From Middle English to-, from Old English tō-, te- (“apart, away”), from Proto-Germanic *twiz- (“apart, in two”), from Proto-Indo-European *dis- (“apart, asunder”), *dwis- (“two-ways, in twain”). Cognate with Saterland Frisian tou-, Dutch toe-, te-, German zu-, zer-, Latin dis- (“apart”). More at dis-.
- (no longer productive outside dialects) Prefix meaning "apart", "away", "asunder", "in pieces", or expressing separation, negation, or intensity.
- (rare, dialectal or no longer productive) to, toward, at, or on (this).
- ^ Whitney, The Century dictionary and cyclopedia, to-
From Proto-Germanic *twiz-, from Proto-Indo-European *dwis-. Cognate with Old Frisian ti-, te-, Old Saxon te-, Old High German zi-, zir-, zar-, zur- (German zer-), Gothic 𐌳𐌹𐍃- (dis-), and with Latin dis-.
- (as unstressed te-, ti- or stressed tō-) forming (mainly) verbs from verbs, with a sense of ‘in pieces, apart, asunder’, or with intensive force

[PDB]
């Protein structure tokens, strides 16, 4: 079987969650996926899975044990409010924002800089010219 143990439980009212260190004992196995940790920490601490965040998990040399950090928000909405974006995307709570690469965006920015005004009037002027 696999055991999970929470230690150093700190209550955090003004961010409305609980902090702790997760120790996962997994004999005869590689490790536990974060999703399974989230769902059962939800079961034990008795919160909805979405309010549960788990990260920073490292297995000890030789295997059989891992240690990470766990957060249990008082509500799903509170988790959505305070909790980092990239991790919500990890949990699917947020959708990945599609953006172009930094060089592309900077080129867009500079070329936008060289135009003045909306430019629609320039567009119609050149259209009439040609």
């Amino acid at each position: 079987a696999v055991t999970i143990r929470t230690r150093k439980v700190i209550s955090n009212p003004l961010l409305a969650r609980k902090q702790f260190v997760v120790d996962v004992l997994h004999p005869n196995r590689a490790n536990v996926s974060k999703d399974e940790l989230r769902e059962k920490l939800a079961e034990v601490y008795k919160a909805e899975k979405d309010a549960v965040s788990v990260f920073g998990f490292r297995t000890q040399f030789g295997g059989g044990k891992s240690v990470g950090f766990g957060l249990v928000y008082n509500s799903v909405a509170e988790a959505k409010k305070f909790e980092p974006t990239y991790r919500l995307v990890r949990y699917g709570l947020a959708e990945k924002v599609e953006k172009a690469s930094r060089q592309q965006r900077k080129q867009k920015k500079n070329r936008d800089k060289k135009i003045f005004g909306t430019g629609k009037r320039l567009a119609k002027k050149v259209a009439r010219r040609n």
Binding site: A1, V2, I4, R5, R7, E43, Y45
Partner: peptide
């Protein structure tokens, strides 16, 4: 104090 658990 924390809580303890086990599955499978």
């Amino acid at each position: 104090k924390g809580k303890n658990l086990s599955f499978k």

- (stressed prefix) used to form substantives from other nouns
- The prefix has two basic forms: stressed (tō-) and unstressed (te-, ti-). Originally, the unstressed formed verbs, and the stressed formed other derivatives (nouns, adverbs, etc). This distinction was blurred in later Old English where the stressed form came to be used for both
- do- (pretonic form)
to- (pretonic do-)
From Proto-Germanic *tō, *ta (“to”), from Proto-Indo-European *de, *do (“to”). A same use of this preposition as a prefix for verbs is found in Old English (to- (“to”)), Old High German (zuo- (“to”)), Dutch (toe- (“to”)), German (zu- (“to”)) and modern English (particle "to" in "kneel to")
- Creates words with a sense of ‘towards, to, against’
- tōdōn (“to add; to close”)
- tōheftian (“to fix”)
- tōhlinon (“to lean against”)
- tōhnēgian (“to neigh towards”)
- tōrūnon (“to whisper”)
- tōsprekan (“to speak with, discuss, talk to”)
- tōstōtan (“to push, thrust”)
- tōward (“future”)
- tōwardes (“near”)
- tōwardig (“near”)
- tōwendian (“to turn towards”)